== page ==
The process was smooth, Depew said, until the surrogate delivered their daughter, Kimaya, at 32 weeks gestation in 2012. “Communicating with doctors in India with very different expectations of what you need to understand as a parent from 10,000 miles away — it was pretty stressful,” Depew said. Kimaya was diagnosed with cerebral palsy due to complications from birth and has significant mobility impairment, Depew said. “But it was a successful experience because we have a lovely, happy daughter,” he said.

Paternity leave issues

Maternity and paternity leave in the United States are far from ideal. For families with two dads, the decision to take paternity leave is often made more difficult by their unusual situation.

Depew brought his daughter home from India in 2012. He opted to use a mix of sick time and paid time off that his employer offered for new parents. “I took a full five months off and I remember my boss was shocked and unhappy. I definitely remember the expectation being that dads don’t actually take leave, whether they’re gay or straight,” he said.

For Angel Maldonado Lopez and Leonard Norton of Boston, who welcomed their then 7-year-old son Jesse home through foster care, paternity leave was not ideal, they said. Norton, who is self-employed, took the summer off to be with their new son. Lopez, who is the primary breadwinner, could only afford to take two weeks of paternity leave. “It was too short,” he said. “Jesse struggled to see me as the paternal figure — I was just the guy who went to work and came home from work later. That’s a struggle for most dads whether gay or straight — but I wish I had gotten more time just to bond with him.”

Emotional heavy lifting

All of the fathers interviewed mentioned the significant emotional work they had done to prepare to become fathers.

Lopez and Norton went to therapy for a year before adopting “to make sure we were on the same page,” Lopez said. He felt the therapy was helpful in shaping him and Norton as parents. Since they planned to adopt through the foster care system, they attended training and anticipated the child they would adopt would likely have experienced trauma. “We all need to be aware of our pasts. Everyone has their own trauma. We have to be very intentional to take the steps not to trigger things for all of us,” said Lopez.

“Intentional” is a word that emerged as a sort of motto for each couple interviewed.

“We don’t come to parenting by accident,” Chang said. “We come to it by way of a lot of money, and with great intentionality. That is the commonality among gay dads with children.”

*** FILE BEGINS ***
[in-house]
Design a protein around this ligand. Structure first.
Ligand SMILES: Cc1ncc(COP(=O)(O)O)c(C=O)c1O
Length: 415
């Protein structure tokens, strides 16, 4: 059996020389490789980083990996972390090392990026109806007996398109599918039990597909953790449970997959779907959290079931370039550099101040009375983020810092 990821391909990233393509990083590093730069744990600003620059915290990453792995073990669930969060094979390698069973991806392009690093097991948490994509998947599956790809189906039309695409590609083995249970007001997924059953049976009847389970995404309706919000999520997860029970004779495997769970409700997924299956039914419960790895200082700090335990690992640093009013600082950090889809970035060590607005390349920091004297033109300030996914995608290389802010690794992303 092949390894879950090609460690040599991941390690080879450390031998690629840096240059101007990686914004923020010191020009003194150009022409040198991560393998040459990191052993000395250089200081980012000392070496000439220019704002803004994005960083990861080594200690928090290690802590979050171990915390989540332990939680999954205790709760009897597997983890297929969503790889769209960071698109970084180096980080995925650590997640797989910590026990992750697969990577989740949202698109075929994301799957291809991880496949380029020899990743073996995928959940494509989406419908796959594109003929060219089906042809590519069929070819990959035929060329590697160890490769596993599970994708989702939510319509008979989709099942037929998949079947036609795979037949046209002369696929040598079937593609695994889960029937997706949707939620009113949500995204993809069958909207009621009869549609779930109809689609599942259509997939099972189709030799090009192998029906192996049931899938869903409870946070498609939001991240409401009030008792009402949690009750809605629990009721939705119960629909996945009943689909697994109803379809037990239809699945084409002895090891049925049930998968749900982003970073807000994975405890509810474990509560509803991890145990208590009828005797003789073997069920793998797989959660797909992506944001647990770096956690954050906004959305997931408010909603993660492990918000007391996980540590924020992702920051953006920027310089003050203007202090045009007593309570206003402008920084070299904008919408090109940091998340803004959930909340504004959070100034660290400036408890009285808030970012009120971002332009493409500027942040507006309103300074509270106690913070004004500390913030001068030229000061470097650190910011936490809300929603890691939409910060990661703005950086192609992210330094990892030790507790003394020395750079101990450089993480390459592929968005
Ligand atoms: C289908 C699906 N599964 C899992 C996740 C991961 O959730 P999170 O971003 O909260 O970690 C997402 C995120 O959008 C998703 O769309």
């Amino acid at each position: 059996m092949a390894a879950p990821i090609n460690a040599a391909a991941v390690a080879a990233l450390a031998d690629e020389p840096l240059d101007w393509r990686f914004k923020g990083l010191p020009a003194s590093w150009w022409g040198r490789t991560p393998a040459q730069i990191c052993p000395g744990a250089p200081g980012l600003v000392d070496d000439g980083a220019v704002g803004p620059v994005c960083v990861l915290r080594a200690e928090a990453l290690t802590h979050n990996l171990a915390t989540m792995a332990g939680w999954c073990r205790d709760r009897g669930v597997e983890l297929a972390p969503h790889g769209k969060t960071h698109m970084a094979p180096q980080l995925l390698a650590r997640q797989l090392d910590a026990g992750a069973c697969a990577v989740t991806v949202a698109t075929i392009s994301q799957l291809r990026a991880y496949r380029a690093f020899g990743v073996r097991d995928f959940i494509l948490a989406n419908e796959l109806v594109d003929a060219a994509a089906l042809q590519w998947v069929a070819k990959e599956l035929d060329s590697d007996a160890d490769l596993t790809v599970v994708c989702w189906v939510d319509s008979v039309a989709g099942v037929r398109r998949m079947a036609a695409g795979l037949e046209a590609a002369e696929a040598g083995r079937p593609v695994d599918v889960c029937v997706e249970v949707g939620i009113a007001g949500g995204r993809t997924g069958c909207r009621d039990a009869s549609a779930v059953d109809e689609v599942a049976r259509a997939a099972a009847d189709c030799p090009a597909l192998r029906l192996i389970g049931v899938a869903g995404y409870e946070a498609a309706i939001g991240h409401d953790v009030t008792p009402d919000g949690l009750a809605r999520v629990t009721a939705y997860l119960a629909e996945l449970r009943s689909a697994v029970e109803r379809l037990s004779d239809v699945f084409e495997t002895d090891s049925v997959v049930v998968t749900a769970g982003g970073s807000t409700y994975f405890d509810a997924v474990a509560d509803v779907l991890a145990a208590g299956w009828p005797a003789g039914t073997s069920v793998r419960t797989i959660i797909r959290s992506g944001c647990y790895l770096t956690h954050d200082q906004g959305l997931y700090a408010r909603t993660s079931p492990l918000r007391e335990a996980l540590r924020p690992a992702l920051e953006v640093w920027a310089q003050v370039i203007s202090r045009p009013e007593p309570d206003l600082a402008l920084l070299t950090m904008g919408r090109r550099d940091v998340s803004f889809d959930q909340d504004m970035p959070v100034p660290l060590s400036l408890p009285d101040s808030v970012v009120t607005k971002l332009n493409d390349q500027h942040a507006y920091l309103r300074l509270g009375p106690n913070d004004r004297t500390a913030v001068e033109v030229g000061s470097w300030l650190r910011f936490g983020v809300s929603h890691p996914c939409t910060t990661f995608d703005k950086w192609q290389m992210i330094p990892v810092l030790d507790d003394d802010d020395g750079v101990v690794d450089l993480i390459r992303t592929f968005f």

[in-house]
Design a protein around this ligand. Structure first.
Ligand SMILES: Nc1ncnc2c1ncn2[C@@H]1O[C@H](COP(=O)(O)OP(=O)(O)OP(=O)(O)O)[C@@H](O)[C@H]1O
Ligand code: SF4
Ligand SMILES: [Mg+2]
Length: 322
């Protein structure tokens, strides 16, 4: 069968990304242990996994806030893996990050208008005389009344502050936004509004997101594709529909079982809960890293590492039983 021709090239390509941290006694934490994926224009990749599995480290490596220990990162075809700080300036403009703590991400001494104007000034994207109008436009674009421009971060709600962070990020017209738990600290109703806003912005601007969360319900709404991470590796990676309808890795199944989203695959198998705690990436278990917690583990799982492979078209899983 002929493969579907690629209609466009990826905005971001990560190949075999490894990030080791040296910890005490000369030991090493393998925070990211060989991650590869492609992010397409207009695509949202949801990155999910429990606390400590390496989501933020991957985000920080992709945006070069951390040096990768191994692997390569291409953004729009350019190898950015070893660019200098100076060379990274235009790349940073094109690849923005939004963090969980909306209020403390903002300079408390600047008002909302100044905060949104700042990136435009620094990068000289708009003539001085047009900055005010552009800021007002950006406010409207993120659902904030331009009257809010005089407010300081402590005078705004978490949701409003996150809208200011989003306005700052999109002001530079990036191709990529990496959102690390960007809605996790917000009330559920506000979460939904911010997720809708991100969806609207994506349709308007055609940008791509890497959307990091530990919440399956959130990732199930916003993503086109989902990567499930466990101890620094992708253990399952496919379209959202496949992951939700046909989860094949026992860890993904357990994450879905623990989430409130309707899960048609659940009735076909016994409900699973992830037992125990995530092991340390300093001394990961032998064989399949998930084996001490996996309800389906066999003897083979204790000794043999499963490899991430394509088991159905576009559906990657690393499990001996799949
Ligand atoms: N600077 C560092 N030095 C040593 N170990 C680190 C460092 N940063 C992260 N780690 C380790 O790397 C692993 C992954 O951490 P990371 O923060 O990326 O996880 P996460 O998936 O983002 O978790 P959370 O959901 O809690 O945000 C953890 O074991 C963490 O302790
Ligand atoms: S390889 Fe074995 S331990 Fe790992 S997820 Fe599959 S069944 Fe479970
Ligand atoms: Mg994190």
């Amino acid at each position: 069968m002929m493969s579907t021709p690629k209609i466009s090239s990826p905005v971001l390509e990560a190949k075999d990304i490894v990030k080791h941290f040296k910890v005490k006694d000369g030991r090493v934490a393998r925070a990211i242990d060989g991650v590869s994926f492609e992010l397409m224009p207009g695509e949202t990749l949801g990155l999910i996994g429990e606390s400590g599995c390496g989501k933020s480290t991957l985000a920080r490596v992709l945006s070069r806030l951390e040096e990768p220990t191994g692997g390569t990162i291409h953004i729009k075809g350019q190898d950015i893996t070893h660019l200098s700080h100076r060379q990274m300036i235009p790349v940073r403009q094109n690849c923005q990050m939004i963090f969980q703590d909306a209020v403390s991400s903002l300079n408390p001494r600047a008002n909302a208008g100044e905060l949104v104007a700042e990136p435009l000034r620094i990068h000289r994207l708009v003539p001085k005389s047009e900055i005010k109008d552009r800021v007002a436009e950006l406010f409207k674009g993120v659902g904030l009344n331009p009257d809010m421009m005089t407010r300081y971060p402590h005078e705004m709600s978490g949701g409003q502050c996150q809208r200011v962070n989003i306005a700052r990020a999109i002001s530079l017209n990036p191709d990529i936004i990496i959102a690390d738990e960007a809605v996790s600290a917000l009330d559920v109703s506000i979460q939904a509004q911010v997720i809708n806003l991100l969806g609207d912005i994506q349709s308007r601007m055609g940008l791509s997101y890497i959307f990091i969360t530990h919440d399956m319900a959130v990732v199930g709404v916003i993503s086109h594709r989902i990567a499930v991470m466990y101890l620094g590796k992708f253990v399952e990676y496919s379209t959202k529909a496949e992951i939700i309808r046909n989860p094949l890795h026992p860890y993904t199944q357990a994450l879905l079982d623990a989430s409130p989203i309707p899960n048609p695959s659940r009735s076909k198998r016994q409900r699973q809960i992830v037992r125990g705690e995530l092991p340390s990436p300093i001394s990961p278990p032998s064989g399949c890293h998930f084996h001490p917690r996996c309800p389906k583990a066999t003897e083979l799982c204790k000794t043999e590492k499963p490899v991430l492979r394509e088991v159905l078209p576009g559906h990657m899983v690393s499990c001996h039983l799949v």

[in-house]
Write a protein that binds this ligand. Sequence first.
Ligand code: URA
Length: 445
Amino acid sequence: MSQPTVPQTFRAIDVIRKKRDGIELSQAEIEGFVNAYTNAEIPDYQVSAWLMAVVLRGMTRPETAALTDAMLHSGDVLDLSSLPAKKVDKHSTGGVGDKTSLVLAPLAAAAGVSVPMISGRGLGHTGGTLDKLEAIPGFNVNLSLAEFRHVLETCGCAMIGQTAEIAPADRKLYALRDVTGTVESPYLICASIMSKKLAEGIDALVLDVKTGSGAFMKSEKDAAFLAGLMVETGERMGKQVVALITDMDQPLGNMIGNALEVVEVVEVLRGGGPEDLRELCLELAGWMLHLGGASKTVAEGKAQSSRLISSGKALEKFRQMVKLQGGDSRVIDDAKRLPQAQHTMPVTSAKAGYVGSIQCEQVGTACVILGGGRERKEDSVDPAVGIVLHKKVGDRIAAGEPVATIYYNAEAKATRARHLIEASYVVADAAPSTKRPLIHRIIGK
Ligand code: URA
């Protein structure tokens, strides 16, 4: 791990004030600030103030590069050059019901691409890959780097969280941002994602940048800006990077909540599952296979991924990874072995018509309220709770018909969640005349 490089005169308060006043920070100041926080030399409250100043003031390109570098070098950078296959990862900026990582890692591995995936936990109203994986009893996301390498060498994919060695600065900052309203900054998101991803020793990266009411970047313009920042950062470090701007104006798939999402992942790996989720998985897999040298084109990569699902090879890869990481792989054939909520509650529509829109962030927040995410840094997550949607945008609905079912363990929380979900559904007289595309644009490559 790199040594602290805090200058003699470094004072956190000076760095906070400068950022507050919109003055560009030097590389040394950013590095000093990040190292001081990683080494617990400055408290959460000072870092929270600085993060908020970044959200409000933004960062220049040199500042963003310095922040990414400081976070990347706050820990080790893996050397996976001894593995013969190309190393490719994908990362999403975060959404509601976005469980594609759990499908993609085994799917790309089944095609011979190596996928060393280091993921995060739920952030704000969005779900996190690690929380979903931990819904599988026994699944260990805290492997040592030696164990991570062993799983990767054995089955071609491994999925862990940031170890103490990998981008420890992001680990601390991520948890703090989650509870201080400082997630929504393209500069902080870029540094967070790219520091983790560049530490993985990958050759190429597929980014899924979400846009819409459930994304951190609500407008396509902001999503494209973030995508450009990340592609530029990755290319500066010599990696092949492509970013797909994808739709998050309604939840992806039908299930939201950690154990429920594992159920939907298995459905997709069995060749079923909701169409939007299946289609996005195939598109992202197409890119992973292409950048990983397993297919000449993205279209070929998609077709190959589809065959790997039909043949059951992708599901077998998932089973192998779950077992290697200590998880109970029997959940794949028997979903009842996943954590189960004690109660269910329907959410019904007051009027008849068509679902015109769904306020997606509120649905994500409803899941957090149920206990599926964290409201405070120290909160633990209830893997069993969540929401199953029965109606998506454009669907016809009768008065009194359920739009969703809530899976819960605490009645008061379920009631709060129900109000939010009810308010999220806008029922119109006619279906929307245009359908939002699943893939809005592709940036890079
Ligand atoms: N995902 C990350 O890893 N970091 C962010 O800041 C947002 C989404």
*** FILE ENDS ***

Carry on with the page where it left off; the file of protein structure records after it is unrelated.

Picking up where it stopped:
Like others, Chang and Estey went to therapy in preparation for becoming fathers. “Therapy helped us clarify our thoughts, and any holdovers from our childhoods. It helped us to think about how we might navigate two busy careers, and the division of labor,” Chang said.

About the division of labor, Gertner sees a lot of positives for gay people. “You don’t really get caught up in gender roles when you’re working with two dads. Society doesn’t expect one of you to stay home or one to do the grocery shopping or anything like that.”

Dealing with strangers

The downside, said Gertner, are the assumptions made. “If I’m out shopping with my son without my husband, strangers will sometimes say, ‘Oh, are you giving Mommy a break?’ I know there are plenty of straight dads out there who find that patronizing, too.”

All four of the men interviewed have children in school, and all four said their schools, a mix of private and public, had been extremely supportive of their families. “The thing that has been the most difficult are strangers who don’t understand,” Gertner said. “They see us out with our son and we don’t fit into their little box of what a family looks like. I’ve been asked whether Jeffrey and I mixed our sperm together in a cup. And that’s rude, but as our son gets older, he is being shaped by a certain narrative about who he is.”

He said he doesn’t want to avoid the questions, but he wants to make it clear that some information is none of other people’s business. “We’re always asking ourselves, ‘What’s the company line?’ and we haven’t found it yet.”

Kendra Stanton Lee is a freelance writer based in Milton, Mass. Find her online at, and on Twitter @kendraspondence.